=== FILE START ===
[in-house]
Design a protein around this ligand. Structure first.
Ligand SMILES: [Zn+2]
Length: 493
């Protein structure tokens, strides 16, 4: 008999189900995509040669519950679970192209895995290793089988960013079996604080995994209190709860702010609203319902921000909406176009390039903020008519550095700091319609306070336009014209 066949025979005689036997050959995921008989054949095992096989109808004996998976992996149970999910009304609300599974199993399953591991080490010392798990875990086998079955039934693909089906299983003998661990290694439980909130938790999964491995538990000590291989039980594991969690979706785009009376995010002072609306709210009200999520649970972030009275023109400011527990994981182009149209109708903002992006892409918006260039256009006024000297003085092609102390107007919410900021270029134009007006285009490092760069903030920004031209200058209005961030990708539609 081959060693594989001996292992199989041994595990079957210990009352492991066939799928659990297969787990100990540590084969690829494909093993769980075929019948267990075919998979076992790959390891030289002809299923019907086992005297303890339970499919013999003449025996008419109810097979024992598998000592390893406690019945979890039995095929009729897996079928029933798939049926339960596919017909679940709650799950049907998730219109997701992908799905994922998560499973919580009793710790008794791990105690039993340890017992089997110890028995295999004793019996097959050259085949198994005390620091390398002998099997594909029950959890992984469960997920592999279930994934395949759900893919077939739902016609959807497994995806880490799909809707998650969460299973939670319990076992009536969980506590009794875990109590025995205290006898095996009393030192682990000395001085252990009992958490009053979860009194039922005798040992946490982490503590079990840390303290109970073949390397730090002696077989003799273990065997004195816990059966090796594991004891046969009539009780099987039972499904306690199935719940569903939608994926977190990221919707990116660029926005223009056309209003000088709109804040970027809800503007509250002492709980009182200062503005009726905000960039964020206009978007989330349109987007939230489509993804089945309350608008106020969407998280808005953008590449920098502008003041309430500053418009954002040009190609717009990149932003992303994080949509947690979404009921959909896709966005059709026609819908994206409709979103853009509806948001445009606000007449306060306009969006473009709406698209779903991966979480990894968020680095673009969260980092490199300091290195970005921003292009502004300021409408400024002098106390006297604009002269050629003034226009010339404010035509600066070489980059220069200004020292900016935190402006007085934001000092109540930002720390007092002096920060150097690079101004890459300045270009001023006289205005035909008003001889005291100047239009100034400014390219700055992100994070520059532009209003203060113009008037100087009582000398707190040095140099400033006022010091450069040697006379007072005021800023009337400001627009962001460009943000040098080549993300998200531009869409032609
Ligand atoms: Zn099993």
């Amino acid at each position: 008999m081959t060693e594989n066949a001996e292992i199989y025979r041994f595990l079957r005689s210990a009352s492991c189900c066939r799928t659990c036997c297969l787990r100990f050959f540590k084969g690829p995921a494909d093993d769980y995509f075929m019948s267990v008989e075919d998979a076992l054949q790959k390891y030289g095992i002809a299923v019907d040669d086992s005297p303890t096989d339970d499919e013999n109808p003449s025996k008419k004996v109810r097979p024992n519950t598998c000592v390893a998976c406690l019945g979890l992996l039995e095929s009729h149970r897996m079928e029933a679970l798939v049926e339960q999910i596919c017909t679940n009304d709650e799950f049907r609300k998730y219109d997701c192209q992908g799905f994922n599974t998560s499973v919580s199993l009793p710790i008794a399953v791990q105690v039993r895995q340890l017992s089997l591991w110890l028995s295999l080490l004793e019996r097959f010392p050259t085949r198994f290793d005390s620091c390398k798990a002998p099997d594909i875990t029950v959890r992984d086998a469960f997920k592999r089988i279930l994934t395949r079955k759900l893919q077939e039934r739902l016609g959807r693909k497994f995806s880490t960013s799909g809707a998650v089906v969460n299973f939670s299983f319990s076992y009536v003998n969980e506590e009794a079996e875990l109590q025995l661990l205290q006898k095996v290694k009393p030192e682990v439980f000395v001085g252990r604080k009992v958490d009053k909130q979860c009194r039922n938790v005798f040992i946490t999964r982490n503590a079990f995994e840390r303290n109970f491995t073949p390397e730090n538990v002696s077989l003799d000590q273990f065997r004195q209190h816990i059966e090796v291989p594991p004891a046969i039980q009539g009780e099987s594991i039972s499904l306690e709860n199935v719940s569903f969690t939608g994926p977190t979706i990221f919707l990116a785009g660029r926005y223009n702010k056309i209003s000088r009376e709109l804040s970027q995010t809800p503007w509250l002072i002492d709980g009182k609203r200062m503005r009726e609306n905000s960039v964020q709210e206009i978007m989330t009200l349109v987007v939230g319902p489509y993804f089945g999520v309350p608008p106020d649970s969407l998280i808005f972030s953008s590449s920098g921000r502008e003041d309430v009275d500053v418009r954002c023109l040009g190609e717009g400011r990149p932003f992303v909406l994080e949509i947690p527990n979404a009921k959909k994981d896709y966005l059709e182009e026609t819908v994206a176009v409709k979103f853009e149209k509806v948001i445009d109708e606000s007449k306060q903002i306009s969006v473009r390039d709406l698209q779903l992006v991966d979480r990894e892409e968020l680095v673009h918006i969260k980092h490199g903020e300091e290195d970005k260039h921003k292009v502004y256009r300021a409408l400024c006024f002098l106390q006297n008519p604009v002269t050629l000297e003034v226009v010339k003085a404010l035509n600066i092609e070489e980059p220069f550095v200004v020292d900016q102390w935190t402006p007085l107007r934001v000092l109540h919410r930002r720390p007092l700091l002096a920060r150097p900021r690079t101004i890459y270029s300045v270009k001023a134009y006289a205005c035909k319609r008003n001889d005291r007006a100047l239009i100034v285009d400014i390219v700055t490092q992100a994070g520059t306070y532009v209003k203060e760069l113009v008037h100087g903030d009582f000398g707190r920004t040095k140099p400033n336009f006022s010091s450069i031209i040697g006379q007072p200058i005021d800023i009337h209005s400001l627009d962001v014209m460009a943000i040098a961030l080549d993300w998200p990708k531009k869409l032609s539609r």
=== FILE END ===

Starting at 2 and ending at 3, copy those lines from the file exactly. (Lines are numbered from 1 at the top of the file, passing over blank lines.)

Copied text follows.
Design a protein around this ligand. Structure first.
Ligand SMILES: [Zn+2]